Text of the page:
It took Malia Mullen about two weeks after she arrived in Japan to begin volunteering.
“It all started with a wiener dog,” said Mullen, an American teaching at a university in Tokyo. “I saw this cute little dachshund and started talking to the owner. He mentioned he and his friend had just started a non-profit, and I said I’d be happy to help.”
Mullen put her background of non-profit strategy experience to work for the Equal Marriage Alliance, an organization that strives for the social and legal recognition of same-sex marriage in Japan. She started out planning events, and as time went on, helped with the overall development of the organization.
“I just offered to help and that led to more,” said Mullen. “It’s important to me to give back and participate. So many nonprofits couldn’t function if they didn’t have volunteers.”
Though Japan traditionally had a community culture and practice of helping others, as people migrated to urban areas a breakdown in these structures occurred. People relied more heavily on the government for help, and in the 1980s this resulted in the establishment of volunteer centers in every city.
The Kobe earthquake in 1995, though, gave the concept an even bigger push. Heavy damage from the 7.2 magnitude quake left government offices as paralyzed as their citizens, and it became clear to people that they could help themselves just as well as by helping others.
While volunteering still isn’t as large a phenomenon in Japan as it is in the West, Akiko Kawamura, Chief Program Coordinator for the Tokyo Voluntary Action Center (TVAC), says it is steadily growing.
“Roughly sixty to seventy percent of people are interested, but because they don’t know where they can volunteer or they don’t have enough time or feel shy, they don’t,” said Kawamura. Her organization works to connect volunteers with nonprofit organizations that need their skills and helps coordinate efforts of local volunteer centers.
As of 2011—the most recent year that data were available—there were a total of 8,678,796 volunteers in Japan working on everything from environmental protection to assisting with the elderly and handicapped. Youth programs, disaster recovery, and sports programs are also popular.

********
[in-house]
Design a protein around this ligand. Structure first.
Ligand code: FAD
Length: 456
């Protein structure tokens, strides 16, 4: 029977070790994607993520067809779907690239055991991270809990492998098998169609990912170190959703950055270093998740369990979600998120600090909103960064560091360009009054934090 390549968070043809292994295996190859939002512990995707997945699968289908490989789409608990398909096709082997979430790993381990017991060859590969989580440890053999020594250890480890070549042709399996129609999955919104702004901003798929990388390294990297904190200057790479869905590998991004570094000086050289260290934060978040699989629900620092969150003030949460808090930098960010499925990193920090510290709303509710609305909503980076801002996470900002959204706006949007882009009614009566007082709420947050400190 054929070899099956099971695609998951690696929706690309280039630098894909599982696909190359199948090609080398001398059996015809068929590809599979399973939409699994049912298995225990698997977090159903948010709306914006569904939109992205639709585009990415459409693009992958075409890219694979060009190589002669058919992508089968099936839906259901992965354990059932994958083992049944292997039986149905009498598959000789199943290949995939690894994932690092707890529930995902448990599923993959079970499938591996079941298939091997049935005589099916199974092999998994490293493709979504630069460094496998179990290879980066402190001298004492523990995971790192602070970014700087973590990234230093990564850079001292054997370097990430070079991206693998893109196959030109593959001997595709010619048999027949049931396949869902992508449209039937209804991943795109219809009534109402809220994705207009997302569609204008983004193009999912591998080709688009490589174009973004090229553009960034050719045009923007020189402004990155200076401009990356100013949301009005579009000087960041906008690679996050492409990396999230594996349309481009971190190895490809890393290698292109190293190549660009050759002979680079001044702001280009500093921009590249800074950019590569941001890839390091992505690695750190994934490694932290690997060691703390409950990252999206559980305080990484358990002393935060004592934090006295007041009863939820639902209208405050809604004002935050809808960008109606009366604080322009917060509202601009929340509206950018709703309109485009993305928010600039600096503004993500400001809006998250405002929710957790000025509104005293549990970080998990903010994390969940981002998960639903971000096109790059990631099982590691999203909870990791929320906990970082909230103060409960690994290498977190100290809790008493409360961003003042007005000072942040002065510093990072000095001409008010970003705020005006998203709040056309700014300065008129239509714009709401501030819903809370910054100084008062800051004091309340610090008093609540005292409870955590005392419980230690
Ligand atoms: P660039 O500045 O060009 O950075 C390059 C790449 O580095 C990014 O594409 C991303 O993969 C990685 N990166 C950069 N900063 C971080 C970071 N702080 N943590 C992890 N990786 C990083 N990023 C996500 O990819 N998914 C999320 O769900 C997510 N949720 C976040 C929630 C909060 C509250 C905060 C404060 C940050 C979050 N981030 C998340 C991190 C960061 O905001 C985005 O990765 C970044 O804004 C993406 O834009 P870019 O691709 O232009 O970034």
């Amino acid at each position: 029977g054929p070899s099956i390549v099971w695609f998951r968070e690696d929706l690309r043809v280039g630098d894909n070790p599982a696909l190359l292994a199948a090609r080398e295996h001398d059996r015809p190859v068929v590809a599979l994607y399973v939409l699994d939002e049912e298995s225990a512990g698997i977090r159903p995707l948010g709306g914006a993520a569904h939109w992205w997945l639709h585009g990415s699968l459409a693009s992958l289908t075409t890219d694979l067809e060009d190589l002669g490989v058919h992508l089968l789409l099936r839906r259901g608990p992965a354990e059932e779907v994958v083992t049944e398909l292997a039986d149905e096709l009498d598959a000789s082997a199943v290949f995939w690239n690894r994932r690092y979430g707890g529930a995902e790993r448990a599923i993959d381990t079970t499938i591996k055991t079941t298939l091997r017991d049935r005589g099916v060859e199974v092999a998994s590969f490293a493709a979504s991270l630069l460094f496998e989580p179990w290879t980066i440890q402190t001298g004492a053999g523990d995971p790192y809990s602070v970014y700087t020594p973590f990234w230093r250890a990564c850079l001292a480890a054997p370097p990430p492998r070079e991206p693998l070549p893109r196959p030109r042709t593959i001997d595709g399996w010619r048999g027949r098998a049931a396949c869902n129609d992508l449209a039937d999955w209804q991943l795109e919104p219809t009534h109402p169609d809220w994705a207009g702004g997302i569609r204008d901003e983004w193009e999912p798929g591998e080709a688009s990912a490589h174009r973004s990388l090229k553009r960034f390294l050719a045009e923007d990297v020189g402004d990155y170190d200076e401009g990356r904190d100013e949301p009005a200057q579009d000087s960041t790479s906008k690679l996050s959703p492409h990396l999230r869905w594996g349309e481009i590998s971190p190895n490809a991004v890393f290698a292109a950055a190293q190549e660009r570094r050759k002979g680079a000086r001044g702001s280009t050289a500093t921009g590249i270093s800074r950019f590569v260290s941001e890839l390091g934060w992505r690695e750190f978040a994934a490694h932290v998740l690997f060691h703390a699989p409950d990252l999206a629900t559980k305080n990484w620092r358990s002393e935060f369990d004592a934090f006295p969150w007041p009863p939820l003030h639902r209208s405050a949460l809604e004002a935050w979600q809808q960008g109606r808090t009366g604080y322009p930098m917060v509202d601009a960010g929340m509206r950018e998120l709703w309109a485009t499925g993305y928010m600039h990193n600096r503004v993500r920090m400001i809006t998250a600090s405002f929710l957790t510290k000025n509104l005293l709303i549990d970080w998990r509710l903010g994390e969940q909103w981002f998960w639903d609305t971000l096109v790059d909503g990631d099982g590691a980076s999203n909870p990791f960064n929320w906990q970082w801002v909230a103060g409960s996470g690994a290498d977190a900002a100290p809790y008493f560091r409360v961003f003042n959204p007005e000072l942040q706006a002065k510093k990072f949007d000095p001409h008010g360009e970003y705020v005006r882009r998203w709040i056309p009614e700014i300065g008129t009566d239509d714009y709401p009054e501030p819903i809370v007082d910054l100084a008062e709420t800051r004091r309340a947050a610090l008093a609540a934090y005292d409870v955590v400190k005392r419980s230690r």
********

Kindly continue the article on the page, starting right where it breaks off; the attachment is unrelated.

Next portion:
Foreign and Japanese corporations alike are also a big part of the volunteer scene in Japan. “Corporate volunteering really became a phenomenon in 2001 when some American firms arrived. Those companies had volunteering as part of their culture, so for them it was natural to seek out opportunities,” said Kawamura.
Japanese companies soon followed suit, but put their own twist on the idea. They offer seminars and trainings to prepare new employees for volunteering. They also created family events on the weekends for their employees. One company sends teams of five volunteers to nonprofits during their first year. “The companies like it because the volunteers learn about corporate citizenship, how to communicate with diverse people, and gain leadership and teamwork skills,” said Kawamura.
Kawamura also points out that volunteers themselves are becoming more diverse. “It used to be that housewives and university students volunteered a lot, but now they are working,” she said. “We noticed during our summer campaign last year that there were more foreigners. Our older people are interested, too, and they’re a great resource for us.”
Kawamura also noticed an increase in people in their 30’s being interested in volunteering. “It used to be that you worked for a company forever, but that’s not true any more,” she said. “Young people are looking for a way to expand their skills, network, and find satisfaction in their work,” she added.
Mullen wholeheartedly agrees. “Volunteering gave me a chance to do things that I would never have done or even tried before,” she said. “There’s a lot of my life that wouldn’t have happened if I hadn’t volunteered.”
Hands on Tokyo: The Tokyo branch of an international organization that serves as a clearinghouse of information about various volunteer opportunities. www.handsontokyo.org/en
Tokyo Voluntary Action Center (TVAC): Tokyo-based organization that connects volunteers with nonprofit organizations and local volunteer centers. www.tvac.or.jp/page/english